I would like to thank the Government for keeping my practice busy.

Why do the feds deserve such praise?

A great deal of people work for companies that call themselves government contractors. Yes, an entire industry exists to support, work for and with our government.

From IT people, to defense and intelligence, contractors are everywhere. And for the most part, these contractors work for companies that get hired to do alot of very complicated work. Many of these companies are also based in Northern Virginia – again, a blessing to me.

So the following happens with some frequency:

Smith, employee of US GOV. CONTRACTOR INC., gets assigned to a project with the Dept of. Whatever. The project last 9 months. The Dept. of Whatever has an 8 month contract with US Gov. CONTRACTOR INC. and decides at the end of the contract, not to renew.

The Dept. of Whatever however, really likes Smith and wants him to stay on and finish the project. Employee Jones of Dept. of Whatever tells Smith such, and then tells him US GOV. CONTRACTOR INC. no longer has the contract.

Smith assumes he can take the gig since his company has lost the contract. Smith also assumes Jones and the Dept. of Whatever has his back. Smith resigns. Shows up at the Dept. next week, where he sees his old colleagues cleaning up their desks. Smith gets a cease and desist letter. Jones, on behalf of US Dept. of Whatever says “Well Smith, we didn’t know you had a non-competition or non-solicitation agreement. So sorry. Have a nice day. We don’t like to get involved in litigation”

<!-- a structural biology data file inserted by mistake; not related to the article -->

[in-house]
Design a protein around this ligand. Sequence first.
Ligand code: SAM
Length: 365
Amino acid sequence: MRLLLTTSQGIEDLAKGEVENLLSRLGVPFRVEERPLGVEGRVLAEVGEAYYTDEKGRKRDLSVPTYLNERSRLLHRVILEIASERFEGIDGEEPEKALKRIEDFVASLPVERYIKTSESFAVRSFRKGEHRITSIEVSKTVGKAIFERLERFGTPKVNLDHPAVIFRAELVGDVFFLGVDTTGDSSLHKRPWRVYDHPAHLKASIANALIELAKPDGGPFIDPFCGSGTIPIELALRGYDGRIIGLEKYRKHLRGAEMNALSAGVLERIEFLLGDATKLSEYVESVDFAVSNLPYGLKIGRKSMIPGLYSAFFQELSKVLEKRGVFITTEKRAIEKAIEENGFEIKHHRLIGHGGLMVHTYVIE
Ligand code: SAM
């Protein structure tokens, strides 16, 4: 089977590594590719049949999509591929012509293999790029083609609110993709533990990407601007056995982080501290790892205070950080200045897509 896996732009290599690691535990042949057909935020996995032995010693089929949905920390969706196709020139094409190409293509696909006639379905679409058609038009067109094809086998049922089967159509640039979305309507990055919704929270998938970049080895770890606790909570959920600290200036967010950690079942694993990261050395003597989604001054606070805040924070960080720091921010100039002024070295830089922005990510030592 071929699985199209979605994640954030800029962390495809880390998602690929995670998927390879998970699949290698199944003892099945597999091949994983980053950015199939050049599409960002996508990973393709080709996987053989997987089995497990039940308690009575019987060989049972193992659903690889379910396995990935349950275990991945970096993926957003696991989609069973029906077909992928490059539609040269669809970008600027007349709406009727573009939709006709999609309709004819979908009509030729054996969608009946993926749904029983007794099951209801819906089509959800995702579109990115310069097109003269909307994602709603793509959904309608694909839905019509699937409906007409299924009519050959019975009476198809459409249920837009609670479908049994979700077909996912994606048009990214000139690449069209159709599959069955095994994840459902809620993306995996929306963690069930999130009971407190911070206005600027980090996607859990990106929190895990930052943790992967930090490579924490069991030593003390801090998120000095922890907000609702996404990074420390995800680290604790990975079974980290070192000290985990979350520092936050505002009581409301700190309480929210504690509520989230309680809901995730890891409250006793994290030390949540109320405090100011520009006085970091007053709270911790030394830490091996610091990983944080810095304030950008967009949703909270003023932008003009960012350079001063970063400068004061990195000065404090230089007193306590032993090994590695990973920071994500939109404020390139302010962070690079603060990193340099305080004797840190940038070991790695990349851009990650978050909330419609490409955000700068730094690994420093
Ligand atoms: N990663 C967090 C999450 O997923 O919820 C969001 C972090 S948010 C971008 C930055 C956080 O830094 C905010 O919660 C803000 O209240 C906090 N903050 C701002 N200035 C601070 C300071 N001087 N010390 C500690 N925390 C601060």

Smith ends up with no job. No contract and a potential lawsuit.

So, this not so fictional scenario invokes the following questions:

1. What should Smith do?
2. Can US GOV. CONTRACTOR INC do that?

Let us answer #2 first. YES. US Gov. Contractor Inc. can sue you for breaching the agreement, even if they lost the contract before you broke yours. Fair? hmm.. since when is life fair. Will US Gov. Contractor Inc win said lawsuit? Doubt they can prove damages, so no, I don’t they can win but that is not really why they sued.

Now on to question #1. What should Smith do?
Next time, Smith should not assume anything. He should talk to his employer, make sure they have work for him and if not, see if he can get a release from his contract. He should have also told US Dept. of Whatever and Jones, about his agreement.

Now, Smith should find a new job and assure his old company he won’t compete so he is not paying to defend a lawsuit.

About the author

Lauren Ellerman

In 2011, Lauren Ellerman was named "Young Lawyer of the Year" by the Roanoke Bar Association for her work in the community. To speak with Lauren about your personal injury case, contact her at

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